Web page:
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One Reason The Koreas Could Play Nice At The Winter Olympics

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One Reason The Koreas Could Play Nice At The Winter Olympics
A centuries-old practice called the Olympic Truce could ensure the North-South conflict won't spill over into the Olympic Games.
SHOW TRANSCRIPT

In Kim Jong-un's New Year's address, the North Korean leader signaled a willingness to work with South Korea to create a what he calls a "peaceful environment" during the 2018 Winter Games.

Days later, North and South Korea re-established their phone call routine after nearly two years of silence. That pause in calls back then was around the same time North Korea ramped up its missile testing.

But at the end of the day, the two countries are still in conflict. So, how exactly does the International Olympic Committee make sure North Korean participants are safe in South Korea during the Winter Games? One way is through the Olympic Truce.

The Olympic Truce is an Ancient Greek tradition the IOC backs and was reintroduced in the 20th century to protect "the interests of the athletes and sport in general." Today, this might mean safe passage for athletes and spectators going from North Korea to the South.

According to a United Nations resolution, the truce should start seven days before the games and end seven days after they conclude.

The first truce in the modern era was at the 1994 Winter Olympics in Lillehammer, Norway. The games took place during the Bosnian War, where more than 100,000 people died.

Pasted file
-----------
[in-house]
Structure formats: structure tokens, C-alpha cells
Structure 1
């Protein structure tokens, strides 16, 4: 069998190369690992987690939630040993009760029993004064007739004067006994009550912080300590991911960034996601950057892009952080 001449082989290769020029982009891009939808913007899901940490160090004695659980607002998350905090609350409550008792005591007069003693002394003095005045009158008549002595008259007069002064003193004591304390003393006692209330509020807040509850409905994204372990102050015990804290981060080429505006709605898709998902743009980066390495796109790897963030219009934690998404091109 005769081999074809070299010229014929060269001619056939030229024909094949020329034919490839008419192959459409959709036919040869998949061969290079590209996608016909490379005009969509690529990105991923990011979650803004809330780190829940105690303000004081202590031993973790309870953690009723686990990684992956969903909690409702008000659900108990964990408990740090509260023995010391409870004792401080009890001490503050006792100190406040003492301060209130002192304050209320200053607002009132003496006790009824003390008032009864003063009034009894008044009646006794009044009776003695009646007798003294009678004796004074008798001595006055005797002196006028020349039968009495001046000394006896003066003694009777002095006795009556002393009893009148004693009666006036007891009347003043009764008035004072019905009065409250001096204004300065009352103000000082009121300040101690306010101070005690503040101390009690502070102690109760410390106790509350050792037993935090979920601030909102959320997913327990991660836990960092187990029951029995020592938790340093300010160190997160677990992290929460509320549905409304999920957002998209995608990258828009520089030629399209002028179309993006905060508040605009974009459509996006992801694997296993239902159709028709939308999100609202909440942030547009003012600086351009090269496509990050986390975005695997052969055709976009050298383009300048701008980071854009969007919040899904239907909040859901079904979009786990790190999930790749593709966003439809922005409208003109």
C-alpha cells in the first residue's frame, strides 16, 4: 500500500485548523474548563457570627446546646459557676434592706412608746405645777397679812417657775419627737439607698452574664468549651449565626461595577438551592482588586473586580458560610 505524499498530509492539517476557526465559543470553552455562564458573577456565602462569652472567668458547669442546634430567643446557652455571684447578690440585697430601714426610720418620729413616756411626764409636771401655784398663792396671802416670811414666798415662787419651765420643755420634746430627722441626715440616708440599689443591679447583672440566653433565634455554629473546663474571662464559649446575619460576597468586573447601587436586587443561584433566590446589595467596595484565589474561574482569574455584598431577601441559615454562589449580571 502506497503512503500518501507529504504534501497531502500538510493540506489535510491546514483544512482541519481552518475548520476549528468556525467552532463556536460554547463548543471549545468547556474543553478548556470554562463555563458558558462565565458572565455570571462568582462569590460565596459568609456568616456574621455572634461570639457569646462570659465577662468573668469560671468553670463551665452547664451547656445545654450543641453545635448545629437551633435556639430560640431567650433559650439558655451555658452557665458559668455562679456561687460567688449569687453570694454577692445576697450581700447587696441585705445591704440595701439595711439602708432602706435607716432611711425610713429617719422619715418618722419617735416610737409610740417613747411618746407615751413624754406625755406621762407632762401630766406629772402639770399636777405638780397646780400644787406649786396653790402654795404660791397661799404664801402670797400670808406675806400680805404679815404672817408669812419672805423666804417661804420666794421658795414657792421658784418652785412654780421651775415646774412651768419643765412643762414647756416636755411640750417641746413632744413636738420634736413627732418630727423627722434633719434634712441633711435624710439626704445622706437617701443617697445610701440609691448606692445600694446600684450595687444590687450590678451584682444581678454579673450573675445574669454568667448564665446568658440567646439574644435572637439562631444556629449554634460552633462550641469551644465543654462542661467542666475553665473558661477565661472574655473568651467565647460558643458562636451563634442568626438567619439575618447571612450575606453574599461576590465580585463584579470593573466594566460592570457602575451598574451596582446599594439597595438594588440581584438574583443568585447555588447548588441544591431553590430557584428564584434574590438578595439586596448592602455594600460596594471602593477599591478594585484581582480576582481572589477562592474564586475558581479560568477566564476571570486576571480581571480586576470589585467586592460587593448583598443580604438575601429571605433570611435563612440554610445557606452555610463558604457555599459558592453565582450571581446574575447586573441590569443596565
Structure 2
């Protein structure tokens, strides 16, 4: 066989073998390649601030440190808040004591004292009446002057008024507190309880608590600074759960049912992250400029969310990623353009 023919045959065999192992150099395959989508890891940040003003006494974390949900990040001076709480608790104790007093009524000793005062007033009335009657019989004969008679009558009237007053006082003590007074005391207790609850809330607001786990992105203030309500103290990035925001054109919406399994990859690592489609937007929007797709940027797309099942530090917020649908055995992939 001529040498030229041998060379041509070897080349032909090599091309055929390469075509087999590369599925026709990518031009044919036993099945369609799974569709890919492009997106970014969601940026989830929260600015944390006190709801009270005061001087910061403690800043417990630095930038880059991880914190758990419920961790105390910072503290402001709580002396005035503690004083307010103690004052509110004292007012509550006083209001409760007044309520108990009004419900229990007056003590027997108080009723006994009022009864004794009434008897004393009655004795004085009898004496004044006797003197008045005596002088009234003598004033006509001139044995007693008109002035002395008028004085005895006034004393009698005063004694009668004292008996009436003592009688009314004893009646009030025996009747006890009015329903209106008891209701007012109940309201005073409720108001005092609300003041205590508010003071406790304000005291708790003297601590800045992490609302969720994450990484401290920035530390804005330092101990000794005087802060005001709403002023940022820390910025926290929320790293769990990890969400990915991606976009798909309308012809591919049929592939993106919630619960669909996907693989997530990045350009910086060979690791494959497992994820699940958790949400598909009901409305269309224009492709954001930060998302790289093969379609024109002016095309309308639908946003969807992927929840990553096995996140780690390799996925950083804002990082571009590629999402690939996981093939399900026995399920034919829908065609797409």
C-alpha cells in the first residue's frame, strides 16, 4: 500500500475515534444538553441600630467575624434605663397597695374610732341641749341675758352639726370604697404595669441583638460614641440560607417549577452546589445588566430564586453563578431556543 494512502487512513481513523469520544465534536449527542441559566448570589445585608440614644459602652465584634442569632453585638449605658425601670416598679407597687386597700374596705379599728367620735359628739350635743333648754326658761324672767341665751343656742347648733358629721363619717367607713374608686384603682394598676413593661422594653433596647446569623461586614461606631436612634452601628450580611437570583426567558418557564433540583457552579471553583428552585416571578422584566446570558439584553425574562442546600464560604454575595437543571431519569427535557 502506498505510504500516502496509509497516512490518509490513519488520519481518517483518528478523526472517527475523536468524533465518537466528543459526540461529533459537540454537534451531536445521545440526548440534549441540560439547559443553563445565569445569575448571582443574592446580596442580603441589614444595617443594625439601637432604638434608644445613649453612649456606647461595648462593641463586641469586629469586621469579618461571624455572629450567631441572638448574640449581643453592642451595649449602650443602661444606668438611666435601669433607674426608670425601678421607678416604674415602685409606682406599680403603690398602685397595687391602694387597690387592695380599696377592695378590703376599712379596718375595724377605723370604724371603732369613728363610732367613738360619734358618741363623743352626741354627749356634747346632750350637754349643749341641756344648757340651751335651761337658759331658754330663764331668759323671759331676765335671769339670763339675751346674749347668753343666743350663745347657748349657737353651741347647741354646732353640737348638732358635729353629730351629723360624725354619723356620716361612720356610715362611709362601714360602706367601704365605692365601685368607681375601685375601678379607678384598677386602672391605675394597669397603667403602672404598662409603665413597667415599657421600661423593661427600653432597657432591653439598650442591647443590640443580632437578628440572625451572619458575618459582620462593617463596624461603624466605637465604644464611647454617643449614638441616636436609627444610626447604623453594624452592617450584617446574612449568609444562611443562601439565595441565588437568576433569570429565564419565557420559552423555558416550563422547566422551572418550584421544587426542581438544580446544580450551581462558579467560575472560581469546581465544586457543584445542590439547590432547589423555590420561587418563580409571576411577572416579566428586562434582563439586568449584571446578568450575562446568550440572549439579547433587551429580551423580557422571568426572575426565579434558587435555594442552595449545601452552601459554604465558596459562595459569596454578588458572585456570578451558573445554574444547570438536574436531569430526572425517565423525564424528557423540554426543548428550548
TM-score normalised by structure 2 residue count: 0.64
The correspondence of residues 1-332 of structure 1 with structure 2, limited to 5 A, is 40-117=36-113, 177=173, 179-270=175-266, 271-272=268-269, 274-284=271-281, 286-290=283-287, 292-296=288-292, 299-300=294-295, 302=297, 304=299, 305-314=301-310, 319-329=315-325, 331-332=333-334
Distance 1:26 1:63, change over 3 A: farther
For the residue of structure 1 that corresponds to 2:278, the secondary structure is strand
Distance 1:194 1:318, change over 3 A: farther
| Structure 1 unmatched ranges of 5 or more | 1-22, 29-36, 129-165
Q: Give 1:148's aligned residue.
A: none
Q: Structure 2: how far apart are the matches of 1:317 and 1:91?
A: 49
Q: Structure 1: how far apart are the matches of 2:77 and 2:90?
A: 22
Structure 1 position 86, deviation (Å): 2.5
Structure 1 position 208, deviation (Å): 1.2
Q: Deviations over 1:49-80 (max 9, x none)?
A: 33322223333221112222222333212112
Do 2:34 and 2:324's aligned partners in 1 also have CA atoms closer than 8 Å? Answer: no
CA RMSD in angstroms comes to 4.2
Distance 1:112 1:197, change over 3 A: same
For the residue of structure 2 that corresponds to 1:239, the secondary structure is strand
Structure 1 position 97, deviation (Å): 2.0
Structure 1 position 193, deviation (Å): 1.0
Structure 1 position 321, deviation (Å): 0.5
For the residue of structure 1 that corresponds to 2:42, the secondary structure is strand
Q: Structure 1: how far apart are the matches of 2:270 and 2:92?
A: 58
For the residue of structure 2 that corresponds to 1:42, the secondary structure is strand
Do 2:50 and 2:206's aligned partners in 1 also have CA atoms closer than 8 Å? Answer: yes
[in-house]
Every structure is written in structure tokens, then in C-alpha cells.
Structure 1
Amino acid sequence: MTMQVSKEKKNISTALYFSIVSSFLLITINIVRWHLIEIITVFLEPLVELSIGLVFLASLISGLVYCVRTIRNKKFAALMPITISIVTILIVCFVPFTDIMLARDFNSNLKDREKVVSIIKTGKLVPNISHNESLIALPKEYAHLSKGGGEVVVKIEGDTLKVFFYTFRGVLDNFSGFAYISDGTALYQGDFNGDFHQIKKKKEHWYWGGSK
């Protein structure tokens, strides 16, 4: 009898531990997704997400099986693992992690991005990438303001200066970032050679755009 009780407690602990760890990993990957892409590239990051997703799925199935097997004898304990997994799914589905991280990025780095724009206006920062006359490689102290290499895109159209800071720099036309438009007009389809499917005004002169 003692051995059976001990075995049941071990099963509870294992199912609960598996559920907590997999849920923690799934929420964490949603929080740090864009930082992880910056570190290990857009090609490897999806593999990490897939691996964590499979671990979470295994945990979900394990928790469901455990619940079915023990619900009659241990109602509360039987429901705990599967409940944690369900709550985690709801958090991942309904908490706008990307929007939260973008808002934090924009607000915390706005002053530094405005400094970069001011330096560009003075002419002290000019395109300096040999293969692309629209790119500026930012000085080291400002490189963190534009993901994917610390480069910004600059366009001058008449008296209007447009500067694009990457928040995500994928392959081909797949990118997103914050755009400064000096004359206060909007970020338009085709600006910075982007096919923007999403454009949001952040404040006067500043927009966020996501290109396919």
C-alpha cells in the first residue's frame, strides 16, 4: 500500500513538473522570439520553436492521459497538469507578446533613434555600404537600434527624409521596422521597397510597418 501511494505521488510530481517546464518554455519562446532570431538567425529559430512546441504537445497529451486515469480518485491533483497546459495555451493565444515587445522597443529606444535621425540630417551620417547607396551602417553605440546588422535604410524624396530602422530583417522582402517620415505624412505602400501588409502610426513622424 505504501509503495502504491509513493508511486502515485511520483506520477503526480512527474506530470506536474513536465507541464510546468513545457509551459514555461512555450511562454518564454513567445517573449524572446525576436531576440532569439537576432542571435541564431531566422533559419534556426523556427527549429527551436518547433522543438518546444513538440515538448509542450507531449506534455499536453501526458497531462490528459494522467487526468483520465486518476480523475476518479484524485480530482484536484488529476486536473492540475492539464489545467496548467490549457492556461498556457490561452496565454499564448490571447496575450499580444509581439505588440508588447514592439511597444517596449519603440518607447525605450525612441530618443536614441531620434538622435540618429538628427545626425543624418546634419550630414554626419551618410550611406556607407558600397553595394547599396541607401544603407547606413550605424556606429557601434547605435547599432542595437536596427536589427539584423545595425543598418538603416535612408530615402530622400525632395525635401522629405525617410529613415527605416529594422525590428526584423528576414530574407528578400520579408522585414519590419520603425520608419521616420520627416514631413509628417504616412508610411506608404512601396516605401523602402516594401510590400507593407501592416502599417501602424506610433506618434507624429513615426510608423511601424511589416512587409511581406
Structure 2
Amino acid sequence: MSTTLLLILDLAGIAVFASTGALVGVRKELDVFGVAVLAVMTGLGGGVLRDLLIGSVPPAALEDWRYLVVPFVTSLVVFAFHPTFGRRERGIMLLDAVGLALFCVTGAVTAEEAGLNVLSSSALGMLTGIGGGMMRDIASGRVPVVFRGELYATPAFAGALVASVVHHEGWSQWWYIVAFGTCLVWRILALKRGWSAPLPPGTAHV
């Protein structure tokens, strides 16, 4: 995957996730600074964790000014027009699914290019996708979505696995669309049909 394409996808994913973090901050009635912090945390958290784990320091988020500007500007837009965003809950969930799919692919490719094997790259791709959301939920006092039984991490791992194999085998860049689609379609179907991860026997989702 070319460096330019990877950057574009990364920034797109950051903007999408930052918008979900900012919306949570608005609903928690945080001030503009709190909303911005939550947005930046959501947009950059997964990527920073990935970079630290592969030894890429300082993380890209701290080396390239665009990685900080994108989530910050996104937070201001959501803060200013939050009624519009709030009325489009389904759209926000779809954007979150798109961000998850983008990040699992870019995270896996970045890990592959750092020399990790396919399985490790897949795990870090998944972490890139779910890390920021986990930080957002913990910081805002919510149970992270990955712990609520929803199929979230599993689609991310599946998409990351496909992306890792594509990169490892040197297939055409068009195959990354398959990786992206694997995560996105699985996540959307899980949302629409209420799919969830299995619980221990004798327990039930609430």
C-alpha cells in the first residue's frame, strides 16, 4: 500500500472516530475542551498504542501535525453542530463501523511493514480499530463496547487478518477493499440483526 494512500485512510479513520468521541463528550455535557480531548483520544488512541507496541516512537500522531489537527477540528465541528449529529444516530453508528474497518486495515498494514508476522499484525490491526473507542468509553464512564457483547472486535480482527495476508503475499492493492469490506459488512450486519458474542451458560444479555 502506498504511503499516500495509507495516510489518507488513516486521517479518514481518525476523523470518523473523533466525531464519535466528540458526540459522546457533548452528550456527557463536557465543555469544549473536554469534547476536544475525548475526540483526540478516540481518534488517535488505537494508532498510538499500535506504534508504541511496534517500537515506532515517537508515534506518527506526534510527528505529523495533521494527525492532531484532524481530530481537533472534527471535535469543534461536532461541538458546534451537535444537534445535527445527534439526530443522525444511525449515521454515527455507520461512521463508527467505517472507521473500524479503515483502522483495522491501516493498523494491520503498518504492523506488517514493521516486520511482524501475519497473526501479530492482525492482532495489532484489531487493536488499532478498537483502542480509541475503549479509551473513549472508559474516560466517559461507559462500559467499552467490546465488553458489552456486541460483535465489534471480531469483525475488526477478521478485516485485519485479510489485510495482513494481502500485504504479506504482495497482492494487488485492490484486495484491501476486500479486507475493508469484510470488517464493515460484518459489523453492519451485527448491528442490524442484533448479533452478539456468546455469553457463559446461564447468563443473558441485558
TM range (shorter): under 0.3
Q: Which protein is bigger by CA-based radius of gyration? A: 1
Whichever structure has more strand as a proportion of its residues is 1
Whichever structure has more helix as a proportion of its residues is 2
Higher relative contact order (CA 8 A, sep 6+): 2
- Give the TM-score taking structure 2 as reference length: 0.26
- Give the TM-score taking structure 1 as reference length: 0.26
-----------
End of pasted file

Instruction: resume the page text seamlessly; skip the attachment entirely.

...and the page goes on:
In his opening speech, the IOC president at the time called for a ceasefire and asked for a moment of silence for the people of Sarajevo, the capital of Bosnia and Herzegovina and host city for the '84 Winter Olympics.

North Korea and South Korea have participated in the same Olympic Games before. One of the most notable exceptions is the 1988 Summer Olympics in Seoul, when the North boycotted the games.

North Korea's leader at the time, Kim Il-sung, and his son Kim Jong-il later ordered the bombing of a South Korean plane to interfere with the games. More than 100 people died in the attack.

But at the 2000 Sydney Olympics, Korean teams did something never seen before: enter under the same flag — a first for nations in conflict.

It's not clear how the IOC enforces an Olympic Truce, but the agreement might carry some weight for the two Koreas at the Winter Games.

Jeffrey Feltman, the U.N.'s undersecretary-general for political affairs, told ABC, "We do have a General Assembly resolution, an Olympic truce resolution, which I hope the [North Korean] leadership is looking at and thinking, the whole world is behind a truce, having a peaceful atmosphere for those Pyeongchang Olympics."

Two North Korean figure skaters are eligible to compete at the 2018 Winter Olympics.

Additional reporting from Newsy affiliate CNN.